B.C.’s premier said he will not discourage recreational travel to the B.C. Interior, despite the region’s deteriorating wildfire situation.
Speaking at a news conference about B.C.’s wildfire season on Thursday, John Horgan was asked if British Columbians should be advised to avoid travel, given the escalating danger.
“We are still encouraging people to get out as the temperatures cool and hopefully we will see more precipitation,” Horgan responded.
“There are challenges into the Interior down through Kelowna, so if you are travelling to the Okanagan, we want you to be absolutely focused on not being the person responsible for the starting of a wildfire.”
B.C. allowed intraprovincial travel to resume on June 15 as part of stage two of B.C.’s reopening plan.
Recreational travel had been banned due to the third wave of the COVID-19 pandemic, with police stopping motorists at checkpoints along major B.C. highways and issuing fines to those who didn’t obey the provincial health order.
As of July 1, B.C. is opening up the province to interprovincial travel as well, welcoming tourists from across the country, a part of Step 3.
“What we have asked people to do as part of Step 3 is to check local communities before you travel, and that remains in place,” Horgan said.
“I think that we can continue to travel, but we need to do what Dr. Henry has advised us to do. Check before you go, make sure that you are well prepared when you get there, and be mindful of your circumstances,” Horgan added.
“The circumstances right now are an extreme high fire warning in various parts of the interior. I think people need to be aware of that.”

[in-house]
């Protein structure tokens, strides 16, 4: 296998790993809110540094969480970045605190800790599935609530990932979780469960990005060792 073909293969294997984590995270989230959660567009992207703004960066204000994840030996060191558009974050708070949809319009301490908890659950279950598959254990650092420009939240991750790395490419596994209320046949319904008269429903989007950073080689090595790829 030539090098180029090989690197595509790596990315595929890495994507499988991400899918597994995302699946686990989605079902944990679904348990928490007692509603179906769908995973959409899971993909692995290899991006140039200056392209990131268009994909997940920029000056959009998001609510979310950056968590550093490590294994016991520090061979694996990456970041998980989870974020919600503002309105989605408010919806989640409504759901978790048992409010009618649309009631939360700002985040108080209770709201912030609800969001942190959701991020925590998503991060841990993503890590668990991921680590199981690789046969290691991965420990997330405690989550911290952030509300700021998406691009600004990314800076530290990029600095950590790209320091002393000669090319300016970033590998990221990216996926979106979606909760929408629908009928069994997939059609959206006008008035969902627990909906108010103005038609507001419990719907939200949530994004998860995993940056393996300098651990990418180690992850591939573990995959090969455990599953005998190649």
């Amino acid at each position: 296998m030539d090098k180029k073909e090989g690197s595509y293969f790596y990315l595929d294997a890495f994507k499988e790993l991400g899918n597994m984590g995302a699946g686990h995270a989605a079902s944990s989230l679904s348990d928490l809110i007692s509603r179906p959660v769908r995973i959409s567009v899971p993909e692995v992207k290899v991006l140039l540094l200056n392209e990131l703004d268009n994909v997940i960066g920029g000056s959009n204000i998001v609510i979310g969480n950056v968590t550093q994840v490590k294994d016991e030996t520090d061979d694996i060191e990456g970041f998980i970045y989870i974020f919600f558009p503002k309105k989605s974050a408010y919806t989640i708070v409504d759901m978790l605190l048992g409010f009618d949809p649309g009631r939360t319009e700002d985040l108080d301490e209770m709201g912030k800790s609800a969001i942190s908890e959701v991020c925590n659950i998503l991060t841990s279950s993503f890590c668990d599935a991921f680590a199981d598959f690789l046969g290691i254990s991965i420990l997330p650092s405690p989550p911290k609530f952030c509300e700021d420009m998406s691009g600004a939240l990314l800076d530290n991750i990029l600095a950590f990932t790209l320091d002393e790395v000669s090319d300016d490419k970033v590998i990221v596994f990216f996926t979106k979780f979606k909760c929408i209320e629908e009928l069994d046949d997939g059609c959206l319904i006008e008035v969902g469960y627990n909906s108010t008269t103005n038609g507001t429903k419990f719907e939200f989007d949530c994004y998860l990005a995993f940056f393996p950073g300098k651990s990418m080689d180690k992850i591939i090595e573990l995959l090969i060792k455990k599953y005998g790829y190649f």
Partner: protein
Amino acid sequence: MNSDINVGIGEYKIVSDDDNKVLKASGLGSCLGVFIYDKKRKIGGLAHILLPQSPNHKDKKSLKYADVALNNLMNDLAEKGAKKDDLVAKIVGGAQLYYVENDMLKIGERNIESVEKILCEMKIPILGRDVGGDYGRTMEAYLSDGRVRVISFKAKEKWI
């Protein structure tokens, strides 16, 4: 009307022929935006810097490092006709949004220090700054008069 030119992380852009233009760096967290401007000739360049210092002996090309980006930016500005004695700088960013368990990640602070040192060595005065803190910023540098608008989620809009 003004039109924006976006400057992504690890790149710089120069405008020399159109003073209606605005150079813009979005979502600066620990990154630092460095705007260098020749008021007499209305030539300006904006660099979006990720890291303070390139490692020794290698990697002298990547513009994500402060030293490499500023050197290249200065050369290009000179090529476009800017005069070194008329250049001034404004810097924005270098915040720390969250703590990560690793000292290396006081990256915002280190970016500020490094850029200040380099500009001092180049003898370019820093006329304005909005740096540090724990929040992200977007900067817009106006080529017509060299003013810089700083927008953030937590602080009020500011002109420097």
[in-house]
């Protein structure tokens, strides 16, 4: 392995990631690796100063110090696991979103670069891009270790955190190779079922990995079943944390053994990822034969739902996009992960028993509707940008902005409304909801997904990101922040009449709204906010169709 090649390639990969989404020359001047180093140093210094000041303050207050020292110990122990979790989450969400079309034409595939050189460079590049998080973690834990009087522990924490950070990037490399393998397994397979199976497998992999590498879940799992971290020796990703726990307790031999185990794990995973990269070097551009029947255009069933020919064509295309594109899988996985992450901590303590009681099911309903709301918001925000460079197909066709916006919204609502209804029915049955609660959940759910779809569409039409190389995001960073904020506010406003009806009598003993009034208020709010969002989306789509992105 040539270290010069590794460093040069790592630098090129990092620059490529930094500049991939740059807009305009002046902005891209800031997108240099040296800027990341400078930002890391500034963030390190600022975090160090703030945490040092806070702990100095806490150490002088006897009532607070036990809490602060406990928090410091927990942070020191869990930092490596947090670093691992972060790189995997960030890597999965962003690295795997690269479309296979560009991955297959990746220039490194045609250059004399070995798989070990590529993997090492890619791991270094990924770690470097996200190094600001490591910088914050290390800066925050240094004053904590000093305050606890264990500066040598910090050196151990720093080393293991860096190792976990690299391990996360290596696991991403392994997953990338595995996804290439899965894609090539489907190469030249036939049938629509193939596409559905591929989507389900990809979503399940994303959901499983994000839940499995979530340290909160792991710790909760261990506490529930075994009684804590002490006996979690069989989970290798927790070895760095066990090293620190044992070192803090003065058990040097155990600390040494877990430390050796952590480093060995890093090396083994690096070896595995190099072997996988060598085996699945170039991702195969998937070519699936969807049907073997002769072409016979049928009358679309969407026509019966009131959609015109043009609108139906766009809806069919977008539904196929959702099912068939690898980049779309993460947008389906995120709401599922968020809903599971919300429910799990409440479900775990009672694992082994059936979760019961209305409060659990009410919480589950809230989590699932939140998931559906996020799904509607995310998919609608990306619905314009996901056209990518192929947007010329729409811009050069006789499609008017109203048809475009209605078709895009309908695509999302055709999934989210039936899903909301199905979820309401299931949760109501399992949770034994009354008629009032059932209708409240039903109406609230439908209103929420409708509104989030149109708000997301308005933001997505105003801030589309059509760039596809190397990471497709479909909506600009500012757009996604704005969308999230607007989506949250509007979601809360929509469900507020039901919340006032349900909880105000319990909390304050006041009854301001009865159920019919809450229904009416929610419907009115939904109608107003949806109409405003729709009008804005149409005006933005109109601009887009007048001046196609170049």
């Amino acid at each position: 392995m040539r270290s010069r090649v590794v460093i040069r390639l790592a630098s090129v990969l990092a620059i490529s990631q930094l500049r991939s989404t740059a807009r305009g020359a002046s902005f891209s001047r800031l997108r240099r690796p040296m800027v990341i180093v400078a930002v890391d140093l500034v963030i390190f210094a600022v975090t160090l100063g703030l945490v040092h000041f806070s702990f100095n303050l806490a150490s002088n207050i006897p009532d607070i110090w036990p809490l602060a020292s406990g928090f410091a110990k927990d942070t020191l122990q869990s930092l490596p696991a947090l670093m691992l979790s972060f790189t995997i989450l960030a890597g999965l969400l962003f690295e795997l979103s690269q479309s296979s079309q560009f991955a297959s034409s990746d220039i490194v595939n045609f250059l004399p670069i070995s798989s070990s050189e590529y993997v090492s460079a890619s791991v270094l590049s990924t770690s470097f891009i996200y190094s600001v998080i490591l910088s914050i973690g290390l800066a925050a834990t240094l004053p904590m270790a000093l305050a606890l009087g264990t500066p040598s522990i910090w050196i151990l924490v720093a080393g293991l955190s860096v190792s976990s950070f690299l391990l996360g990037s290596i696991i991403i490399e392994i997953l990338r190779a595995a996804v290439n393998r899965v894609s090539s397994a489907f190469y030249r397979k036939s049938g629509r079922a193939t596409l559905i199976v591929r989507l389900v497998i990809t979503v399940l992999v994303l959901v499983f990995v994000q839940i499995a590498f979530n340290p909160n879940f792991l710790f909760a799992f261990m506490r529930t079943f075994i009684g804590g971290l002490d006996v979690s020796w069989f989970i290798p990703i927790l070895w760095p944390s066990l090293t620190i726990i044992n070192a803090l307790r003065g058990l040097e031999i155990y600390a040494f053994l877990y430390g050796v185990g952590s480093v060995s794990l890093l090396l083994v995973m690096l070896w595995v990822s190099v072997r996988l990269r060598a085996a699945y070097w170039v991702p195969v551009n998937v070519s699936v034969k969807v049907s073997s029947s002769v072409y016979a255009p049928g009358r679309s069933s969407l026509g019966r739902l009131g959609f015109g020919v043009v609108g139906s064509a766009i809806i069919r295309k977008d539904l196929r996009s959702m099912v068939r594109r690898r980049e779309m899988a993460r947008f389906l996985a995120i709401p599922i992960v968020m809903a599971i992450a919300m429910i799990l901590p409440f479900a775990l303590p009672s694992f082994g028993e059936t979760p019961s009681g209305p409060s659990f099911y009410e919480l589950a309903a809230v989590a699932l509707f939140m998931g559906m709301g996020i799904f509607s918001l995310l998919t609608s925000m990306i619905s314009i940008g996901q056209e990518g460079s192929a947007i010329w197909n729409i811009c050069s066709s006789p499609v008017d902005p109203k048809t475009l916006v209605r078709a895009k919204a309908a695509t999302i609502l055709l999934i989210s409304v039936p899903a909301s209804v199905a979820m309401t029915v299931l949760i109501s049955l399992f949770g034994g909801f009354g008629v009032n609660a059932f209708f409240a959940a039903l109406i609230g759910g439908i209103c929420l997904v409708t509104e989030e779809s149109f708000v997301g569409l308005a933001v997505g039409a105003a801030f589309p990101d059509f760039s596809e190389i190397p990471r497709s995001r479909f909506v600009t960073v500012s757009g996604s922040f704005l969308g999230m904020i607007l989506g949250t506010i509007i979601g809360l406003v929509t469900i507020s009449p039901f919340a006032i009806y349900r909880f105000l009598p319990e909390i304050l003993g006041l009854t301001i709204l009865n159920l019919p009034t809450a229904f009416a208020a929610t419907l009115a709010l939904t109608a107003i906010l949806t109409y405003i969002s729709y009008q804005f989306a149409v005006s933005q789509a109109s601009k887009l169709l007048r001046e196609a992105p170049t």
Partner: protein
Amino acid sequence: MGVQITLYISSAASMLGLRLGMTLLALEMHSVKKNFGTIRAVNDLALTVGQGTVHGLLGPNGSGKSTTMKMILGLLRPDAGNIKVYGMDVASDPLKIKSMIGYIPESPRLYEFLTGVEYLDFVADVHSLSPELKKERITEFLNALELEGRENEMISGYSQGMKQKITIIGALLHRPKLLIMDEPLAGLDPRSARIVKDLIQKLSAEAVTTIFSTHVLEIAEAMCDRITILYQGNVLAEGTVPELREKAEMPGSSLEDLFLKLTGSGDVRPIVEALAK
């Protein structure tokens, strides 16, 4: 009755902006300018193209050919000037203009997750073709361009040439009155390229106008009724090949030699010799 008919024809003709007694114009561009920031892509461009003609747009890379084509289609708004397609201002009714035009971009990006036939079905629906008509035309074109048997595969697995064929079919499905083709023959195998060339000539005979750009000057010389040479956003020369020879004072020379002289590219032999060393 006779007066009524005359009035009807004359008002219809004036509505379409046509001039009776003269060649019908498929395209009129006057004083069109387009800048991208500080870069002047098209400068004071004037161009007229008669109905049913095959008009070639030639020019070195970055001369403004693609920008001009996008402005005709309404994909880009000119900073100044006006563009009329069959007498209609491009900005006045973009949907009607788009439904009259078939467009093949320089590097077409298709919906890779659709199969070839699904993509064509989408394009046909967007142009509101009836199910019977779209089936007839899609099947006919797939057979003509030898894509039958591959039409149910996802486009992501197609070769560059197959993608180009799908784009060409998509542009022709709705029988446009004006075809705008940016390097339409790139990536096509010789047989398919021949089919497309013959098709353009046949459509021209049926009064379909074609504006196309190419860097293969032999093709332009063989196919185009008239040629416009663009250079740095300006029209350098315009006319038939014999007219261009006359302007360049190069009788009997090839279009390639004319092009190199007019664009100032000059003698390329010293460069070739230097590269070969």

According to the BC Wildfire Service, 116 new fires have sprung to life this week alone, including 63 fires in the past 48 hours, most of which are burning in the B.C. Interior.
There are now eight wildfires of note burning around B.C., with many starting due to the tinder-dry conditions and lack of recent precipitation. A wildfire of note means it is especially visible or poses a threat to public safety.
On Wednesday night, nearly the entire Village of Lytton was razed by a fast-moving and catastrophic wildfire.
B.C. officials say most homes, businesses and infrastructure in the town were destroyed, and several people remain unaccounted for.
The Thompson-Nicola Regional District (TNRD) has issued hundreds of evacuation notices connected to other fires burning near Lytton and Sparks Lake.
Meanwhile, the Cariboo Regional District (CRD) has ordered residents living around Deka Lake to evacuate immediately.
There are no evacuation alerts or orders currently impacting homes in the Okanagan Valley.